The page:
appreciate that it's limited. Your only immortality is the influence you
will leave behind - for good or ill. So make it good! There is no fear
of the hereafter.
We will return to the state of non-existence that was before our
birth. What's scary about that? At the funeral ceremony there would be
poems or readings, music - maybe some trad jazz.
As a gardener, I know that after cremation I will make very good
quality bone meal. I want to be trowelled - not scattered - into my
garden. My son-in-law tells me there's no point in wasting me in my
garden - I can go in his!
You laugh a lot. Is a sense of humour important to you?
Absolutely. I have three wonderful little grandaughters, the children
of my son Mark and his wife, and my daughter Fiona, and her husband. If
there were one life gift I could bestow on a child it would be a sense
Do Humanists gather for meetings or discussions?
In Northern Ireland there are two groups. Humani - or the Humanist
Association of Northern Ireland - which I belong to, and the Belfast
Humanist Group. We have monthly meetings.
Two groups. A schism already?
There were two groups even when I joined. I don't know why. One of
our number, when asked about that, said: 'Don't regret that there are
two groups. Just regret there aren't more.' There's also the Humanist
Association of Ireland in Dublin. We all get together once a year for a
conference in Carlingford. We swap news and look at the societies in
which we live. There's a growing secularism in Southern Ireland but
secularism isn't necessarily Humanism - it's maybe more materialism.
Being from Northern Ireland are you ever asked: 'But are you a
Protestant Humanist or a Catholic Humanist?'
How could it be Northern Ireland without somebody asking you that? I
don't think there's anybody in Ireland who has not been brought up in
some sort of religious influence. By and large, you're Roman Catholic or
Protestant at the point of birth, but life leads us all in different
ways. Humanists are an eclectic mix. We would want to be as diverse as
possible. Humanists appreciate difference, whereas the religious fear
difference. We all have a common humanity. As the philosopher Bertrand
Russell said: 'Remember your humanity - forget the rest.'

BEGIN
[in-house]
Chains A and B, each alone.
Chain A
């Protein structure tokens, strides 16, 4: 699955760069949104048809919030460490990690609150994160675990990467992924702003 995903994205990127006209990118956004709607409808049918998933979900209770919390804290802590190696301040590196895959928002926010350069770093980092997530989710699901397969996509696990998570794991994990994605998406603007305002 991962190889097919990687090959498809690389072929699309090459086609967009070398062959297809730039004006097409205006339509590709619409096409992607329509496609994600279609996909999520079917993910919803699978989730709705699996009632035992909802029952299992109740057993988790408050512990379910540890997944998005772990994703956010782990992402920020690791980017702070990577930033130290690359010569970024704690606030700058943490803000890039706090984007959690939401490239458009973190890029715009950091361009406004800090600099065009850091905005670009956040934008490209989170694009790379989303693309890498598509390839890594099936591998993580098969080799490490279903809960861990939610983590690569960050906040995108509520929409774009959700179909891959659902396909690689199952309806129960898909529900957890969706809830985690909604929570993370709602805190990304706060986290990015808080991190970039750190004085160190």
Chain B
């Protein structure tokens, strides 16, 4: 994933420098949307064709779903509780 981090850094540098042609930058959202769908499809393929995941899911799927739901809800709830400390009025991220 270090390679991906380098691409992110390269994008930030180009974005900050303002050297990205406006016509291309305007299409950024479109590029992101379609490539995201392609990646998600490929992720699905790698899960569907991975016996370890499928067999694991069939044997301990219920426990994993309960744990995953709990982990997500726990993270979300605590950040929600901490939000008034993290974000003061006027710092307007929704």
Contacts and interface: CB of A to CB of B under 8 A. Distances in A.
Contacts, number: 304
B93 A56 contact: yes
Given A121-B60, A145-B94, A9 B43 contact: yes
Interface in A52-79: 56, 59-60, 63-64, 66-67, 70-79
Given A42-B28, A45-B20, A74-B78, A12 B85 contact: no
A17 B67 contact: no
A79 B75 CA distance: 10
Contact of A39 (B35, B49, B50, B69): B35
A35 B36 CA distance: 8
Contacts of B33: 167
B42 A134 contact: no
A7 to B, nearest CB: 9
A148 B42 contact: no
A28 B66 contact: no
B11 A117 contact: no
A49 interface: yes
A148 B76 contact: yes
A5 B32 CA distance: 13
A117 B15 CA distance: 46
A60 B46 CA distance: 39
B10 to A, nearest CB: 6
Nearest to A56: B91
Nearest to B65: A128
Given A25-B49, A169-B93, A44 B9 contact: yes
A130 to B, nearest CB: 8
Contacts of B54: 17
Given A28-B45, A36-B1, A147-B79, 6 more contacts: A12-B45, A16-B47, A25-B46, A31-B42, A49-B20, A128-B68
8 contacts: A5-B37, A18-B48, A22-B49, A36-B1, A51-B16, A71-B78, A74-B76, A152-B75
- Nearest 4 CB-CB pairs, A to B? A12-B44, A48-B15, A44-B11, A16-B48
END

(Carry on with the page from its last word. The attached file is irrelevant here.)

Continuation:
All this reference to philosophers and thinking - and the websites
are full of it - makes Humanism sound like a path for the intellectual
elite. Is it?
I'm not an intellectual. But you have to be a thinking person. There
are those who can get through life with a handed-down belief system and
they never question it. When I started questioning, I found Humanism was
the answer for me. But it's not for everybody. Sadly, our group is
largely middle aged and middle class. The Belfast group maybe has more
Is Humanism just another religion, all be it a godless one?
No, though some may see it that way. As one man put it to me: 'Why
make a religion out of not having one?' I replied: 'It's not a religion,
it's a life stance.' He replied: 'It sounds like a religion to me.'
Well, that's his opinion. I'm the happiest woman. My children said to
me: 'Humanism has made a new woman out of you.'
It's funny - people tend to have pre-conceived notions about what a
Humanist even looks like. All beads and sandals and New Age thinking.
And then they meet me - a dumpy little granny!
Do you ever get together with religious people?
Last year our group got together with Muslims, Jews and Christians to
look at morality and we had a very lively discussion. I thought wasn't
that amazing - where else in Belfast would you get Muslims, Jews,
Christians and the godless sitting down together for a respectful
debate? But someone I mentioned this to said to me: 'That's very
interesting but I'm in the biggest group of all - the Indifferentists.
We're only interested in football, shopping and soap operas and you can
keep the rest.' I find Humanism a wonderful philosophy which has
enhanced my happiness but it's not for me to say, 'You should walk in my
light.' I don't want to become a Humanist Holy Joe!
Is charity part of Humanist philosophy?
It should be, just as it should be part of Christianity. We should be
concerned with the wider world. I support Oxfam and the Hospice and work
two days a week for the Citizens' Advice Bureau (CAB). But I don't think
we have to justify ourselves by good works. We have a right to be here.
And I believe strongly in personal responsibility. I've been with the
CAB 12 years. I've met so many people demanding their rights. I've yet
to meet somebody demanding their responsibilities.
If, as you hold, Humanism is older and more universal than
Christianity, why aren't you better organised? Does Humanism need
No, we don't need figureheads - we are all free-thinkers. In terms of
focus, it can be a bit like nailing jelly to the ceiling. But, as I say,
we're not evangelical, we don't hand out tracts. Free-thinking taken to
extremes is anarchy. To avoid anarchy we have a moral code which says:
yes, think for yourself, but remember you are only one member of society
and you have to interact with others.
Can you conceive of any personal crisis that might lead you to prayer
I've been there. And it didn't. Ten years ago my husband, Sidney, was
awaiting open heart surgery. I was alone in London. I walked through the
hospital grounds and thought that if I ever needed religion, it was
Then it came to me - just hope the surgeon doing the operation knows
what he's about and he hasn't just had a row with his wife! I knew then
there would never be a time when I'd have to reach for some deity. I was
completely convinced. I can't envisage a situation that would shatter my